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The Social Costs of Rent Control Revisited

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  • Edward L. Glaeser

Abstract

The textbook graphical analysis of price control (see Figure 1) is inappropriate any time there is substantial consumer heterogeneity. In cases such as rental apartments, where one unit is usually the maximum bought per customer, and the downward slope of the demand function comes exclusively from consumer heterogeneity, this analysis misses a primary source of welfare loss. A major social cost of rent control is that without a fully operational price mechanism the 'wrong' consumers end up using apartments. When prices are set below market price, many consumers want to rent apartments even though they receive little utility from those apartments. Unless apartments are somehow allocated perfectly across consumers, rental units will be allocated to consumers who gain little utility from renting and rental units will not go to individuals who desire them greatly. The social costs of this misallocation are first order when the social costs from underprovision of housing are second order. Thus for a sufficiently marginal implementation of rent control, these costs will always be more important than the undersupply of housing. Figure 2 shows the losses graphically.

Suggested Citation

  • Edward L. Glaeser, 1996. "The Social Costs of Rent Control Revisited," NBER Working Papers 5441, National Bureau of Economic Research, Inc.
  • Handle: RePEc:nbr:nberwo:5441
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    Cited by:

    1. Ralph Bradburd & Stephen Sheppard & Joseph Bergeron & Eric Engler, 2006. "The Impact Of Rent Controls In Non‐Walrasian Markets: An Agent‐Based Modeling Approach," Journal of Regional Science, Wiley Blackwell, vol. 46(3), pages 455-491, August.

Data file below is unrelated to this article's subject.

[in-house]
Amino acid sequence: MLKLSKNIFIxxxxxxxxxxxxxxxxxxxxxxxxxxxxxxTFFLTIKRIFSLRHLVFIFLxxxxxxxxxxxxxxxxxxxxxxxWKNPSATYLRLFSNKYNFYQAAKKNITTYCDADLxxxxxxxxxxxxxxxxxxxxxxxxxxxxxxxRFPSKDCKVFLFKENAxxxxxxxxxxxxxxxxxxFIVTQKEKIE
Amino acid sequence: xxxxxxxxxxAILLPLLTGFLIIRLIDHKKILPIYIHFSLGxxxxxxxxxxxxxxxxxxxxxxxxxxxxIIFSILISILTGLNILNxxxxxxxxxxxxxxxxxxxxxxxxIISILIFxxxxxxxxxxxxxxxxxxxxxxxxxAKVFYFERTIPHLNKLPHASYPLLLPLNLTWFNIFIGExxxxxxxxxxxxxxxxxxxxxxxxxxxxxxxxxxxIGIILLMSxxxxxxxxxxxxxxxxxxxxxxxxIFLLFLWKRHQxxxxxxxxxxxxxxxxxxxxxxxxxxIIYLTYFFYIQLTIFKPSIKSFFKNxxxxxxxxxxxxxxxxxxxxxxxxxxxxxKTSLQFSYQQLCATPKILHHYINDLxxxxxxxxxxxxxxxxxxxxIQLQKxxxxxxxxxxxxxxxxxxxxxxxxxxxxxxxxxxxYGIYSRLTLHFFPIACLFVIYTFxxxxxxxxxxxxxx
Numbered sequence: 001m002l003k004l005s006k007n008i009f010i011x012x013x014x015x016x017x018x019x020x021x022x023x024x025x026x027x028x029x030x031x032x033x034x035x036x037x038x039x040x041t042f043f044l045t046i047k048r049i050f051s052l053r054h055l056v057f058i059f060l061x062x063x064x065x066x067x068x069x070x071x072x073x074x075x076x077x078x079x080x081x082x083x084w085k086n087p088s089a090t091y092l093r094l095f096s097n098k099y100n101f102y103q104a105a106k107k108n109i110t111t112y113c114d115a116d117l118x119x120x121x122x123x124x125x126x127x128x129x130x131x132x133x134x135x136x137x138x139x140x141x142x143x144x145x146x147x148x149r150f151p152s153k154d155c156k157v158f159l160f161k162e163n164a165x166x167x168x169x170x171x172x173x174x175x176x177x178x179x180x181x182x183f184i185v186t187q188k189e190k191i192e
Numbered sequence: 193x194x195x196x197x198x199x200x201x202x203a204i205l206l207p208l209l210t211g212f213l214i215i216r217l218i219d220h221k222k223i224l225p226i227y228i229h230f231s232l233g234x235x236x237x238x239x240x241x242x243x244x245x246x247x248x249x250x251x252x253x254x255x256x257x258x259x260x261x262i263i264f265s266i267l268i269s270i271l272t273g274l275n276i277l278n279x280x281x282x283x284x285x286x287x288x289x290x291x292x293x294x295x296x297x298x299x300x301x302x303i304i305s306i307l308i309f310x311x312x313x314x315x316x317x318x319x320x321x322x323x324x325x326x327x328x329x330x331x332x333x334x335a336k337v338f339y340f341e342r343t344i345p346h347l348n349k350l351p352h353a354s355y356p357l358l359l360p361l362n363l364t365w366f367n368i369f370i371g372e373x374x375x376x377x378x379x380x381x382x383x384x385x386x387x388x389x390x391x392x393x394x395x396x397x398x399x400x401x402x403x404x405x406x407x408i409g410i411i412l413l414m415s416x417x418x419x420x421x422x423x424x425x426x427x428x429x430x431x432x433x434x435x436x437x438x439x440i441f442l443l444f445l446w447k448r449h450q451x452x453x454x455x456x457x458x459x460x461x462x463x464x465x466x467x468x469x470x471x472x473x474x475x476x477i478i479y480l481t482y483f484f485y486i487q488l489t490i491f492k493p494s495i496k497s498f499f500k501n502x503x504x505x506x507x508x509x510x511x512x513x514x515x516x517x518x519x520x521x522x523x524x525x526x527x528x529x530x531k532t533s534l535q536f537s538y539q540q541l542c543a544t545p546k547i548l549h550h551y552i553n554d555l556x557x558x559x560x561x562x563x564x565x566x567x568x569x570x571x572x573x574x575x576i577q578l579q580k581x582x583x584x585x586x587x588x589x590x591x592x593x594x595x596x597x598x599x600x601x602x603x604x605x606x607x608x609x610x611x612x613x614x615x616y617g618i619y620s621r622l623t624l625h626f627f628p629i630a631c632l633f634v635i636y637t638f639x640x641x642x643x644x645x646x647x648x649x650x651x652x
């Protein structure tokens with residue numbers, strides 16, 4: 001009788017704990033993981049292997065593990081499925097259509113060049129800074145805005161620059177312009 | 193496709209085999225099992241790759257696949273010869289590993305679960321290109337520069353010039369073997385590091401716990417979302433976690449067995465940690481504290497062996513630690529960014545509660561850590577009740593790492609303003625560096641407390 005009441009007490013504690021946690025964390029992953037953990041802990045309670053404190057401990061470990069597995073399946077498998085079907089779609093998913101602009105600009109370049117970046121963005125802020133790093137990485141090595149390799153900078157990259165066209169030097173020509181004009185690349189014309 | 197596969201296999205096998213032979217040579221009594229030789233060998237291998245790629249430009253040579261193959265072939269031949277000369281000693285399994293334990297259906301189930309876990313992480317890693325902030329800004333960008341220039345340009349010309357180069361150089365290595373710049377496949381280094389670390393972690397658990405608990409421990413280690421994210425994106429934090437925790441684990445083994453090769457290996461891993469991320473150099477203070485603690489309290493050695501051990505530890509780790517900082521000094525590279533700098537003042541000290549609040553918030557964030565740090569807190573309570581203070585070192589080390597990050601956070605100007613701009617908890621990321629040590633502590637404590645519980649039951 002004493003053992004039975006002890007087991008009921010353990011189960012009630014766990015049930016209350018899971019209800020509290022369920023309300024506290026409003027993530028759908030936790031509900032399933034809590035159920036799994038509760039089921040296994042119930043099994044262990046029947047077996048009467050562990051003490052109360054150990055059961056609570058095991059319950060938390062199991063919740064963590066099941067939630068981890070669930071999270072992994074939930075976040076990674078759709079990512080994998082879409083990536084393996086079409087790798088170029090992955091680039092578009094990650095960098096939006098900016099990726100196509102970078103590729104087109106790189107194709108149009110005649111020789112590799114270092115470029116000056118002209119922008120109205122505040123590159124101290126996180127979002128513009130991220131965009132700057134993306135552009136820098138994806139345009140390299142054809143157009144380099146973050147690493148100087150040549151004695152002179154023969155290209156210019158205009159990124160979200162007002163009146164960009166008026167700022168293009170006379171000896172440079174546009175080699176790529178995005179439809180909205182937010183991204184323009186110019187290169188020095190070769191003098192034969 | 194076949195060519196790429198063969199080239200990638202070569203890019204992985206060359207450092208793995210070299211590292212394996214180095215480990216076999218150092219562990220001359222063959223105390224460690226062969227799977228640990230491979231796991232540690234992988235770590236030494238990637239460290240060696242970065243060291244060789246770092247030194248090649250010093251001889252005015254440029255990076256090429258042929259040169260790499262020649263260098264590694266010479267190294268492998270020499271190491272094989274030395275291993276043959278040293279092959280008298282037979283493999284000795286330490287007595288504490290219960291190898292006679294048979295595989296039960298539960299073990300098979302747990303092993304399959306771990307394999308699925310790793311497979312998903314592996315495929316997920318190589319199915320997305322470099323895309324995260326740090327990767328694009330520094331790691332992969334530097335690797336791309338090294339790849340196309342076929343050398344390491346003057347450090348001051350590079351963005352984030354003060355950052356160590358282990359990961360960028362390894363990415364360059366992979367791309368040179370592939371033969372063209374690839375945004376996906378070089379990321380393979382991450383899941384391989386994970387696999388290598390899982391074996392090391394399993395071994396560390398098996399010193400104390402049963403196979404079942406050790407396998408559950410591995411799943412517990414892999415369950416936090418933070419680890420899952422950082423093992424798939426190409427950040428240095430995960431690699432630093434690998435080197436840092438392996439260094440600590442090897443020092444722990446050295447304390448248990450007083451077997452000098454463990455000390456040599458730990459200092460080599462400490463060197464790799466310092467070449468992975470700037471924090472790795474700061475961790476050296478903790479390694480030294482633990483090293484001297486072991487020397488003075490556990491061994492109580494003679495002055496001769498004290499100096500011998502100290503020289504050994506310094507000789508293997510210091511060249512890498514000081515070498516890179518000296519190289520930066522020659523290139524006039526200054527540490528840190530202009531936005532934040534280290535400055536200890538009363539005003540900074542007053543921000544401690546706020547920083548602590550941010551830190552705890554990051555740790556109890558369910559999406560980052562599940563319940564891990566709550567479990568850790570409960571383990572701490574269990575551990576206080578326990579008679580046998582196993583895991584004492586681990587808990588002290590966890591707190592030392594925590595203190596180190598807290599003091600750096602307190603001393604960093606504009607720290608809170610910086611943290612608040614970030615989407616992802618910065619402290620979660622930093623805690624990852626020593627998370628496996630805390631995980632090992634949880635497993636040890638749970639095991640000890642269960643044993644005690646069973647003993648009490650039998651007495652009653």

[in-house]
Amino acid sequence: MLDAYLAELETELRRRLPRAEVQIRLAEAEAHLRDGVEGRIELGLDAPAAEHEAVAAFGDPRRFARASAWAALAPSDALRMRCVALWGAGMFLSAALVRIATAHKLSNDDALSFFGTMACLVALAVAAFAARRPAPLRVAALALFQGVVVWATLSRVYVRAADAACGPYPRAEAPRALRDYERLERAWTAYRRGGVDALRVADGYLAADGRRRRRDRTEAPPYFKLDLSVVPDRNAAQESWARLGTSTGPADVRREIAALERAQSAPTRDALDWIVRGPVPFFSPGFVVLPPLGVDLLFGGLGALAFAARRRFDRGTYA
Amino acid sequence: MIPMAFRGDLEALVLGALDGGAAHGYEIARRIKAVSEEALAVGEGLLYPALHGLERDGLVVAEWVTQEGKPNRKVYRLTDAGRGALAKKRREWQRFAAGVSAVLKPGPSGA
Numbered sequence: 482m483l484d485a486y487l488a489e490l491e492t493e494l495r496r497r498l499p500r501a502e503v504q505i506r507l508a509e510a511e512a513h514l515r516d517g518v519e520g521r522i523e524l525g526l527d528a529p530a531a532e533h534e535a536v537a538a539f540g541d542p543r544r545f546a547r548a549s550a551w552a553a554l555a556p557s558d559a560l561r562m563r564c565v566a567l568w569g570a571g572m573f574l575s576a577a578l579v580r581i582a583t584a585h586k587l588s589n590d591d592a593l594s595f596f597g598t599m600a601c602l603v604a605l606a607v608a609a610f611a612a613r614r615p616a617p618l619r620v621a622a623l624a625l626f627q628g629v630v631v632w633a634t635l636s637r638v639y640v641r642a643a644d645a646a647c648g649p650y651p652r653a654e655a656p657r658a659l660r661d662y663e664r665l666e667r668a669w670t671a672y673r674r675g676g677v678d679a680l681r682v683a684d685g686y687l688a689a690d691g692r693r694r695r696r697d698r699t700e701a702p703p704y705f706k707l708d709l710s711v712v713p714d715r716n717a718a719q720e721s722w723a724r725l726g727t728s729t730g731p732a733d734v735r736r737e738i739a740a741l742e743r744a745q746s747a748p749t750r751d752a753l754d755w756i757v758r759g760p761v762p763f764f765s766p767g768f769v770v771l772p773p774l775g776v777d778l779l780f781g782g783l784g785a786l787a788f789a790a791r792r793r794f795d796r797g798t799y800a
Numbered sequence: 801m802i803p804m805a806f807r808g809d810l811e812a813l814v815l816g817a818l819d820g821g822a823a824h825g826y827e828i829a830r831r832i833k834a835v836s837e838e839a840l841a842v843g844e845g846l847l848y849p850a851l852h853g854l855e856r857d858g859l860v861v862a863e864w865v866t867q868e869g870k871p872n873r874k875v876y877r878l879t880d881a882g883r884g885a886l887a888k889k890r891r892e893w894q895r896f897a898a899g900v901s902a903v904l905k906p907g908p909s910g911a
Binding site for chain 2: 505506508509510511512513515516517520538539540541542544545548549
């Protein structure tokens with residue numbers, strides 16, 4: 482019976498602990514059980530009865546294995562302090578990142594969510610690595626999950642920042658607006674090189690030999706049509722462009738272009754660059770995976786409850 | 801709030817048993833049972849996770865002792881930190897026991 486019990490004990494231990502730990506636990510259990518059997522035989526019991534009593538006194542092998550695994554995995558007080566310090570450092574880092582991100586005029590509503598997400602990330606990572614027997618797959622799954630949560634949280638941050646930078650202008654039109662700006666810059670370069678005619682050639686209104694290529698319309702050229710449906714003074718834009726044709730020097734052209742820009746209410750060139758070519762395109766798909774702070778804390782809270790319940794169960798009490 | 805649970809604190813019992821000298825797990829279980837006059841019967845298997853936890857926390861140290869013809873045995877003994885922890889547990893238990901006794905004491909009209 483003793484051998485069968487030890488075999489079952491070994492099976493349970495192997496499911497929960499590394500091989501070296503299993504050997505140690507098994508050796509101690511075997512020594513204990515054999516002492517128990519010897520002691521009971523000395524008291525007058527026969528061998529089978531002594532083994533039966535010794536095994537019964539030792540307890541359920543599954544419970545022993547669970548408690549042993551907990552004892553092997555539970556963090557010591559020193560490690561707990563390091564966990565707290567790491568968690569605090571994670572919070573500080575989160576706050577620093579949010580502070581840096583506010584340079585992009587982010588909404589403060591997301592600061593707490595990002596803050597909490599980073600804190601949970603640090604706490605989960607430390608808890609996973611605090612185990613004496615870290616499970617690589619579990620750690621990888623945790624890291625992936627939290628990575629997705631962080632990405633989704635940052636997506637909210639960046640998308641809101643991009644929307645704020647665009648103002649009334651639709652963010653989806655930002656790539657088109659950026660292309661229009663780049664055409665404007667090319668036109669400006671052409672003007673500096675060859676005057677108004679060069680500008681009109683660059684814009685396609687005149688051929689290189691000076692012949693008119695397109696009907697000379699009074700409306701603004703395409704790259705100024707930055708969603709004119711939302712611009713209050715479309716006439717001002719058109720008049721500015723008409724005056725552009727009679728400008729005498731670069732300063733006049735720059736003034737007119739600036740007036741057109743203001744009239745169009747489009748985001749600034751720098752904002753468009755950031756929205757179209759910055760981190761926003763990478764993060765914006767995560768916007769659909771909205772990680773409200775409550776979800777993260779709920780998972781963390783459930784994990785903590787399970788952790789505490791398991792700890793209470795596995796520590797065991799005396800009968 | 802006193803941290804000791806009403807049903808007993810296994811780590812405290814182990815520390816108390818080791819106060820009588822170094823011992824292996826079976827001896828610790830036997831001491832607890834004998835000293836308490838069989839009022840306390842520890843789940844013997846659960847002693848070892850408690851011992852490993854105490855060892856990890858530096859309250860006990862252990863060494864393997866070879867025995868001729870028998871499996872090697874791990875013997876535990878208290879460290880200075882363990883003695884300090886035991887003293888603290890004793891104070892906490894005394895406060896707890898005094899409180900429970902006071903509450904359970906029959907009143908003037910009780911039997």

2. Morten Skak & Gintautas Bloze, 2013. "Rent Control and Misallocation," Urban Studies, Urban Studies Journal Limited, vol. 50(10), pages 1988-2005, August.
    3. Edward L. Glaeser & Erzo F. P. Luttmer, 2003. "The Misallocation of Housing Under Rent Control," American Economic Review, American Economic Association, vol. 93(4), pages 1027-1046, September.
    4. le Blanc, David & Laferrere, Anne, 2001. "The Effect of Public Social Housing on Households' Consumption in France," Journal of Housing Economics, Elsevier, vol. 10(4), pages 429-455, December.
    5. Chang Yang-Ming & Sanders Shane D., 2010. "The Welfare Implications of Rent Control: A Rent-Seeking Contest Approach," The B.E. Journal of Economic Analysis & Policy, De Gruyter, vol. 10(1), pages 1-20, October.
    6. Mason, Carl & Quigley, John M., 2007. "The curious institution of mobile home rent control," Journal of Housing Economics, Elsevier, vol. 16(2), pages 189-208, June.
    7. Micheli, Martin & Schmidt, Torsten, 2015. "Welfare effects of rent control — A comparison of redistributive policies," Economic Modelling, Elsevier, vol. 48(C), pages 237-247.

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    More about this item

    JEL classification:

    • H89 - Public Economics - - Miscellaneous Issues - - - Other
    • R52 - Urban, Rural, Regional, Real Estate, and Transportation Economics - - Regional Government Analysis - - - Land Use and Other Regulations

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